My Dear Ethel,
We have begun April showers to-day and although it is still cool the weather is much nicer than the very cold winds and frosty nights.
Cyril is in the midst of his examinations and I hope you are gradually getting through yours.
The boys should get home within about half an hour of each other next Wednesday, they are both going in for some of the events in their respective sports but do not seem to expect to win anything.
I have bought Mother a copy of last week’s issue of “Black and White” in which there appears rather a nice likeness of Hubert. We had a letter forwarded from Tom dated Feb 24 they were expecting to reach Ladysmith in a few days, which of course they did, he says that looking at some of the positions from which the Boers had already been driven it seemed almost impossible to imagine they ever could have been taken.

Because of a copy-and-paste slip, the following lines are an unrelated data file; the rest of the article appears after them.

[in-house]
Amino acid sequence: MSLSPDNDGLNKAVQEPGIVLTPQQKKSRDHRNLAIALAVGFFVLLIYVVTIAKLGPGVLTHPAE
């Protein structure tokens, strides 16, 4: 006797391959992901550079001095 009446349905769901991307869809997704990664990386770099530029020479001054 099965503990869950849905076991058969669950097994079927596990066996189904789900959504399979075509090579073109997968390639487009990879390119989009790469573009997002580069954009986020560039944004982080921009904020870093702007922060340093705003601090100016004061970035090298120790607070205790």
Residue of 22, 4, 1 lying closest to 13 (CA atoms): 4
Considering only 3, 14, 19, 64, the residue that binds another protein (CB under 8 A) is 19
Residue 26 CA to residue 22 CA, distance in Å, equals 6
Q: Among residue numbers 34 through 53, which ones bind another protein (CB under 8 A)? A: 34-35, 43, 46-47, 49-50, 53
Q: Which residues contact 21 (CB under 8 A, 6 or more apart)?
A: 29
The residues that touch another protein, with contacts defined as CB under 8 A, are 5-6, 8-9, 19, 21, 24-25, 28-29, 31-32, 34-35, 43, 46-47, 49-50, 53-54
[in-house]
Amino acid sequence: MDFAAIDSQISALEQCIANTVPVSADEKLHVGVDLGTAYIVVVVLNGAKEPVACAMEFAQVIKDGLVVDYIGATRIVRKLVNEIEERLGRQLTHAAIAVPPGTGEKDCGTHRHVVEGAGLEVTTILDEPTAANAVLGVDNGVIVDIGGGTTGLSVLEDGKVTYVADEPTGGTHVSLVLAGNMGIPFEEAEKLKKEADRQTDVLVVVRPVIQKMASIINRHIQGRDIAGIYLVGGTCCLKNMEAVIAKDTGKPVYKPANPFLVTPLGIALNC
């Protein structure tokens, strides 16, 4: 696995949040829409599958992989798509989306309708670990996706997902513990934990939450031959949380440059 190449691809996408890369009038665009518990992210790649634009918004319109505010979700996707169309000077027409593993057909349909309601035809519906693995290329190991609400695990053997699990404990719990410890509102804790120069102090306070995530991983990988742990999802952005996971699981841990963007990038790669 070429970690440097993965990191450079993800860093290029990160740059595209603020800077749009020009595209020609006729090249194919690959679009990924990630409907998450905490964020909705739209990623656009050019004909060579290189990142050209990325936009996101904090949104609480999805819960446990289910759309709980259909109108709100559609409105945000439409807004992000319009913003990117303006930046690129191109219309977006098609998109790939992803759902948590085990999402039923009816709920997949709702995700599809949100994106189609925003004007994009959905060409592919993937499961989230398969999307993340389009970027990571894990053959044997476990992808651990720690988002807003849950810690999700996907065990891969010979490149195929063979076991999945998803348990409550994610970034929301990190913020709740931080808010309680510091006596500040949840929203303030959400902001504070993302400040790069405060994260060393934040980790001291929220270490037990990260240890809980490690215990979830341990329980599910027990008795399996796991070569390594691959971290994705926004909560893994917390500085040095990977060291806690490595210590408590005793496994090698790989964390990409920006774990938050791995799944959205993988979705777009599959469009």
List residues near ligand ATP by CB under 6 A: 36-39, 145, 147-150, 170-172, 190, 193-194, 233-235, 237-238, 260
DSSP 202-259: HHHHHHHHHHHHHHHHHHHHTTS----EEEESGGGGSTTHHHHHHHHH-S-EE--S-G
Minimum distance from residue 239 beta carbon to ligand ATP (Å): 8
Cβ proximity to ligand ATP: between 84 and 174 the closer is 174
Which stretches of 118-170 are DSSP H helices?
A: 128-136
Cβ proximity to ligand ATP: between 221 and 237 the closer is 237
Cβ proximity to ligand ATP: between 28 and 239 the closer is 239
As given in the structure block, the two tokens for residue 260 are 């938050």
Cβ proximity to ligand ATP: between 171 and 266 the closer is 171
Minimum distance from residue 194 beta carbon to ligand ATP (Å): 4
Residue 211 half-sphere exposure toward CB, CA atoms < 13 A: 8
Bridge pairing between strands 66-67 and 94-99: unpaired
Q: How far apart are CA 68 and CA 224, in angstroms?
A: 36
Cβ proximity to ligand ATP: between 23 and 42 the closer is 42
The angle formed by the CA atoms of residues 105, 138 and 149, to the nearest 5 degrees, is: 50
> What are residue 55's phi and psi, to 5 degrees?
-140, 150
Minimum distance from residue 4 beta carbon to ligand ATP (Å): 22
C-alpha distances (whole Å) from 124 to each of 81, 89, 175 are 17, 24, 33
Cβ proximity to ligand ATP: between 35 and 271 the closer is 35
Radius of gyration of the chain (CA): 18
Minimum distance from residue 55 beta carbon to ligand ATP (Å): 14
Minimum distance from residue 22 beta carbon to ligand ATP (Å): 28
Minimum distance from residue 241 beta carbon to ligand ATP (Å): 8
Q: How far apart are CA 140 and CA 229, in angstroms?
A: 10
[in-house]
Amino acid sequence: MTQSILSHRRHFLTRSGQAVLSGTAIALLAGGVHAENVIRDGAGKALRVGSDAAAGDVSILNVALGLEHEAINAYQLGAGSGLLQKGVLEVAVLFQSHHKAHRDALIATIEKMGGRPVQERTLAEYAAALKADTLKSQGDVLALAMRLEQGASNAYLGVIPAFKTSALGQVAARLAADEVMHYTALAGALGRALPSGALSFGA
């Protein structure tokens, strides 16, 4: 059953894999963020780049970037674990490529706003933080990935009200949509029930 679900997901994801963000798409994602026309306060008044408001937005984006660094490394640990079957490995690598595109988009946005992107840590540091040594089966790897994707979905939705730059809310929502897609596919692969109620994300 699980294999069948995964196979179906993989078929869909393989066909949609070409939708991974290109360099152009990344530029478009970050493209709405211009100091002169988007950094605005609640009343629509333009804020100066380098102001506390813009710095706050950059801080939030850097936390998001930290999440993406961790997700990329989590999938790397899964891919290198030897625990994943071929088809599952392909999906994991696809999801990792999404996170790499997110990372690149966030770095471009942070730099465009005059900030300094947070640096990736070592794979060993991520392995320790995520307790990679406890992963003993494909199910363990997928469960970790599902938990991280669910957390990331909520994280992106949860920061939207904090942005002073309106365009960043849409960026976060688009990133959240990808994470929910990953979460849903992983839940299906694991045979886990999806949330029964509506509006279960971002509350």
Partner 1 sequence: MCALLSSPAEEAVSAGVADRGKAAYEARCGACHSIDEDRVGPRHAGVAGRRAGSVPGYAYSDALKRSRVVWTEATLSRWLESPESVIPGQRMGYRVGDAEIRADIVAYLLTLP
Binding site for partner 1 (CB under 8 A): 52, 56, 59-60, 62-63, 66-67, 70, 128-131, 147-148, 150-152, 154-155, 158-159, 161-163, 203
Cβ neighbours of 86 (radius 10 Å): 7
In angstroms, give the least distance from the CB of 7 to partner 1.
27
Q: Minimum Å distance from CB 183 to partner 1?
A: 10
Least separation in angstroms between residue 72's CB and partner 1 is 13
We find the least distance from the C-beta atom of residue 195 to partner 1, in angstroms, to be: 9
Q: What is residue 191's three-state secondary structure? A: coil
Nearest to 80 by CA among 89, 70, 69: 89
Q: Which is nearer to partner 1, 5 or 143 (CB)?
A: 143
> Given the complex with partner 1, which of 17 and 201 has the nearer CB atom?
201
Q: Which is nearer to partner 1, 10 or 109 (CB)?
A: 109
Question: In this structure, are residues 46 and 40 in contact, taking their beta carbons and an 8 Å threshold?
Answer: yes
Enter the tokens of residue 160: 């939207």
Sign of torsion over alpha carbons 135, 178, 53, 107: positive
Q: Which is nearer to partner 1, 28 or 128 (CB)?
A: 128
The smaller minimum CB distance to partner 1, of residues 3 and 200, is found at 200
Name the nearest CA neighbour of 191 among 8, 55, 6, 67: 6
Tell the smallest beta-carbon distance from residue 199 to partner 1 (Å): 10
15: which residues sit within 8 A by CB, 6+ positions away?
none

I suppose you are very interested in the Queen’s visit to Ireland I must send you herewith the account of her crossing and on my journey to Bromsgrove to-morrow I must try and post you a paper with the account of her entry into Dublin, I hope the weather there has been favourable.
Mr Jinks has had another stroke and is I understand in a critical state.
Mr Remington cleared all his things from the stable &c last Saturday and sent in the key of the granary, he now seems rather surprised that I insist upon three months’ notice, he certainly is a cool young man, however I am not going to put up with such behavior and shall make him pay rent up to midsummer, his dray ran into our front wall and damaged it the other day so he will have to put that in order.
The rose pruning gets on slowly as yet, but I must make a big effort between now and the time you come home.
With love to you both
your affectionate Father
The newspaper containing the [?] is part of today’s paper and may be interesting [Note on back of envelope.]